A parliamentary committee in Kuwait has reportedly approved a proposal requiring the country’s interior ministry to set up a panel to screen driving licences held by foreigners.
The approval comes amid continued debate at the National Assembly regarding the country’s traffic problems, with some MPs suggesting restrictions on foreign workers are the solution.
Kuwait Times reports the proposal, submitted by MP Waleed Al-Tabtabaei, was approved by the interior and defence committee on Monday and would see licences of expatriates screened at issuance or renewal.
Screening could potentially see thousands of driving licences taken away due to the country’s strict conditions for obtaining one.
Drivers must earn a monthly salary of KD600 ($2,000), have completed two years of residence and possess a university degree to obtain a licence.
However, several groups are exempt from these requirements including students, private drivers, messengers, doctors, judges, engineers and several other professions and housewives with children.
This has given rise to black market for licences, with some expats paying hundreds of dinars to bribe officials, according to the publication.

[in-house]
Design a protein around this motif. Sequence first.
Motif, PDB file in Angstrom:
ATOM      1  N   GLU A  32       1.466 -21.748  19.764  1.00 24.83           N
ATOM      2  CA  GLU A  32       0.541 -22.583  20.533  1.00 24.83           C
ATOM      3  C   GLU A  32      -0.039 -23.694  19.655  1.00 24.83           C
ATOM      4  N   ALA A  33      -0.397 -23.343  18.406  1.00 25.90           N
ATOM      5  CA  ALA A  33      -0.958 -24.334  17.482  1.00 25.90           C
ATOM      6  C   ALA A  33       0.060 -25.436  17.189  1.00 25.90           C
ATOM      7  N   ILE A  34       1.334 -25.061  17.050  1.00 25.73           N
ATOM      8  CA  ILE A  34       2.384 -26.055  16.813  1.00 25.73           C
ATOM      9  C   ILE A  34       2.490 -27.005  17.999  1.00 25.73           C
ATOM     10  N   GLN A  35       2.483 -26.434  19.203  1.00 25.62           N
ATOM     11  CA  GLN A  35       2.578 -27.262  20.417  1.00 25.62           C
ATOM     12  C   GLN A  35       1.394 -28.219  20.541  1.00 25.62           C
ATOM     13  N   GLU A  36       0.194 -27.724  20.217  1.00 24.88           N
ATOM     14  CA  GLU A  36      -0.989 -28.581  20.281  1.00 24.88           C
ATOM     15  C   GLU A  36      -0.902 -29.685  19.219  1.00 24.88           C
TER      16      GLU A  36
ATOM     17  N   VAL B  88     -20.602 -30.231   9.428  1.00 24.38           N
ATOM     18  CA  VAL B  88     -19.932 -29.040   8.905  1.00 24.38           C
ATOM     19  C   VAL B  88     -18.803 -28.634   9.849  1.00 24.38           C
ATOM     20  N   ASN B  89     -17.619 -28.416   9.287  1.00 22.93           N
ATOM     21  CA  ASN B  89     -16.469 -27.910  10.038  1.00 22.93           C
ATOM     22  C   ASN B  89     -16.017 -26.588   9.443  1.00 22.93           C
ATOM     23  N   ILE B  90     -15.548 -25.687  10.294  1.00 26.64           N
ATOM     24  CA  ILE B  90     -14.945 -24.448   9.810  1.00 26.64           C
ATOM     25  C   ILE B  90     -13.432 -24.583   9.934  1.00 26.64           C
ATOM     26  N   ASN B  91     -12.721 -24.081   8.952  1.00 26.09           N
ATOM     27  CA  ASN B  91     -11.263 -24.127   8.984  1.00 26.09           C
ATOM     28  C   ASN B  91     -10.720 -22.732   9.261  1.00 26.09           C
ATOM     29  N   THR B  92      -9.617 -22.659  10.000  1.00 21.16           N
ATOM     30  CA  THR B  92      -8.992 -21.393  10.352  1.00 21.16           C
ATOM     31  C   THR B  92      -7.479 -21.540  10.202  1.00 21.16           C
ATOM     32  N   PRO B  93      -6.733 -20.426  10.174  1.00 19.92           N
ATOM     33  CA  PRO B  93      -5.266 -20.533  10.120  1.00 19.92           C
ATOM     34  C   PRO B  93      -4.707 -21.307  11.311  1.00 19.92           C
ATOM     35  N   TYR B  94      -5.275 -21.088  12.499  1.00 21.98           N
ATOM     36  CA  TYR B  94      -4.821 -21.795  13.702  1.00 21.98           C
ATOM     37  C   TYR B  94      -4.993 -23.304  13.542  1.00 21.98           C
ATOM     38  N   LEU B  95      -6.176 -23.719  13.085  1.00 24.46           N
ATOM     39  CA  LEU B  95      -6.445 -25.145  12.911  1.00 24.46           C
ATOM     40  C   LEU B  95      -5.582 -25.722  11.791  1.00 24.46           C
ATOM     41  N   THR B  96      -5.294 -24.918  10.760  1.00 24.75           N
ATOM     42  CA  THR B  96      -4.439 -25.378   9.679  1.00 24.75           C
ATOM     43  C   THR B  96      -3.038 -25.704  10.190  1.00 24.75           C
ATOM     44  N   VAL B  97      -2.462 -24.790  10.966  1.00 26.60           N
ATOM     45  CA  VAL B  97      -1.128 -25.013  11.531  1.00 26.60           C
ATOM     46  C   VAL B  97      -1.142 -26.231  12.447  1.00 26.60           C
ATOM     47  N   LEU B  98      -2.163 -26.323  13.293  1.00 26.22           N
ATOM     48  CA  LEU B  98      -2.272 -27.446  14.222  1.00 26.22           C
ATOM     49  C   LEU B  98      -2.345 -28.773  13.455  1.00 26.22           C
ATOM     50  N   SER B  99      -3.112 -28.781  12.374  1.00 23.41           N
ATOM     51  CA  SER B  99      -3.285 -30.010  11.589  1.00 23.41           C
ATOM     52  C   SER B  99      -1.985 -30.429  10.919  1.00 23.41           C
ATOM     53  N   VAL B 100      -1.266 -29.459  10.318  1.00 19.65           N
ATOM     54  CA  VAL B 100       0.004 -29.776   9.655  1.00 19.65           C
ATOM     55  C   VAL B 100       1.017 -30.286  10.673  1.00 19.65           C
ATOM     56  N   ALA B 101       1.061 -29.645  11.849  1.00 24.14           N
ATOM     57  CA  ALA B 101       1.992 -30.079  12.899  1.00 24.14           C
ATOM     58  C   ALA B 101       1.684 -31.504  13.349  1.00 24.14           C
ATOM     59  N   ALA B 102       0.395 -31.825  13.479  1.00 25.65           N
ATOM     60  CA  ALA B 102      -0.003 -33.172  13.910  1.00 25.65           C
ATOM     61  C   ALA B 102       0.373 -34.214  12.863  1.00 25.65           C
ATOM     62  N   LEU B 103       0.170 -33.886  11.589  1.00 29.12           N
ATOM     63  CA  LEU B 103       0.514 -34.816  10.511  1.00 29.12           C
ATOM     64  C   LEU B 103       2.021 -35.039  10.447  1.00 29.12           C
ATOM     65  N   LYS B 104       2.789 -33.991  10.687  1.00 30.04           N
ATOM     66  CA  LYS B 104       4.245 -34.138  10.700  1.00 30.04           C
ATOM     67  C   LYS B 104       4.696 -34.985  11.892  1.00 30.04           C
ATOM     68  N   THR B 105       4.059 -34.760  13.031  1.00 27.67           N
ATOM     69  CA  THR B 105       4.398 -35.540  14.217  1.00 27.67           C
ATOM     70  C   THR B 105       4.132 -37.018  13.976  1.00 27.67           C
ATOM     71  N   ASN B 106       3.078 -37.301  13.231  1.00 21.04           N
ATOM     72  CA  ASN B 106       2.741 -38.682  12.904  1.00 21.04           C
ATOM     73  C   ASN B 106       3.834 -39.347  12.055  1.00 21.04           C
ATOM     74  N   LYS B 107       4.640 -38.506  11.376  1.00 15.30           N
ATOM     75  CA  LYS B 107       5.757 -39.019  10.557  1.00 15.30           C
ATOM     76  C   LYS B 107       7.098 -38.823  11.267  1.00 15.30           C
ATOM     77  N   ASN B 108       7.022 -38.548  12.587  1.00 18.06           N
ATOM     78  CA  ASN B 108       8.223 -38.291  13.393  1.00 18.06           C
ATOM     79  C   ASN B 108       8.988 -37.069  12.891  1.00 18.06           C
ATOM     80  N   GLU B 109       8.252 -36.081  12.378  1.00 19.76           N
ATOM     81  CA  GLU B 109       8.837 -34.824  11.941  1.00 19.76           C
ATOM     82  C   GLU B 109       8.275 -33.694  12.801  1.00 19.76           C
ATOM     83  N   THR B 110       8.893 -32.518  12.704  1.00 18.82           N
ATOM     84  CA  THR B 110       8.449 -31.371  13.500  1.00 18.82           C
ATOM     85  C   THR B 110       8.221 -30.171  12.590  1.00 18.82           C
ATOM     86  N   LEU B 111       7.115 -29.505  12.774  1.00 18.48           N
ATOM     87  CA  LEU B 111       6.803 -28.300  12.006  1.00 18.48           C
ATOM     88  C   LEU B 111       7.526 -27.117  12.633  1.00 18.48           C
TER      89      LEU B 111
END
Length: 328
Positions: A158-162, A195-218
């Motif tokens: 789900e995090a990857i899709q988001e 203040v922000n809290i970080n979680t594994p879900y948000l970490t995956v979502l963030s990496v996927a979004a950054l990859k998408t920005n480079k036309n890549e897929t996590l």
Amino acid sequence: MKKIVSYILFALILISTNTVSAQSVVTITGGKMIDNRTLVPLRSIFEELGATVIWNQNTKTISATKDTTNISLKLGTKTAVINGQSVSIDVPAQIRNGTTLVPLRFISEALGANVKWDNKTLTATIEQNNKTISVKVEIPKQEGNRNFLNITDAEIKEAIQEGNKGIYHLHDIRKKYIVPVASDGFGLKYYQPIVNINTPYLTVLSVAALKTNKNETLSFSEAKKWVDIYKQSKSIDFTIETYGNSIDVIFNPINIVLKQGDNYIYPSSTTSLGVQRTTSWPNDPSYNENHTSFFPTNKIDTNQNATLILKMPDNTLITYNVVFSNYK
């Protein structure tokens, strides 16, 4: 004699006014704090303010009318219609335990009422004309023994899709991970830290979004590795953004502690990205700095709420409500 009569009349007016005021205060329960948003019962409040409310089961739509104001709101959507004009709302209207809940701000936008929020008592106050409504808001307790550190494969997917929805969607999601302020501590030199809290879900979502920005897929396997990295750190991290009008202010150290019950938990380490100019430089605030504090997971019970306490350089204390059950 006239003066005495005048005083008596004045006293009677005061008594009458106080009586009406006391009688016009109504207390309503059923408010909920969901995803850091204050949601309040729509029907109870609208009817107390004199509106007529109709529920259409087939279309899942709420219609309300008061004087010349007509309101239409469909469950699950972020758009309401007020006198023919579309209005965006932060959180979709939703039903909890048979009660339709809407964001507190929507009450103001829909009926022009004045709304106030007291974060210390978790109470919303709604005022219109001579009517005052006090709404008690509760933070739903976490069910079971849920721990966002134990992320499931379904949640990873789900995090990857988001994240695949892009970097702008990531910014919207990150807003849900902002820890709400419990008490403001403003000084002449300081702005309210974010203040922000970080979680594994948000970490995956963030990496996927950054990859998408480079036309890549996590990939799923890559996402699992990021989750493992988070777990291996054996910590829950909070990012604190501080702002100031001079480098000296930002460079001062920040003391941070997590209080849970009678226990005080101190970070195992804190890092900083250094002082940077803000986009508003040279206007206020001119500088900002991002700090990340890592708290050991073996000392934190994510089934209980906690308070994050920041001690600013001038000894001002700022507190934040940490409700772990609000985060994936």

The introduction of screening could see a large number of these licences terminated along with the documents of those who obtained a licence under an exemption that no longer meet the conditions.
Last month, the same parliamentary panel rejected a proposal from MP Safa Al-Hashem to reduce traffic congestion by imposing a KD1,000 ($3,300) fee on foreigners applying for a driving licence in the country.
She also proposed an annual renewal fee of KD500 ($1,657) and the linking of licences to work permits.
The panel said the new fee structure would overburden expats on lower salaries.
In March 2017, a lawyer also filed a suit at the country’s Administrative Court calling for the issuance of new licences to foreigners to be suspended because traffic congestion had reached an “unbearable phase”.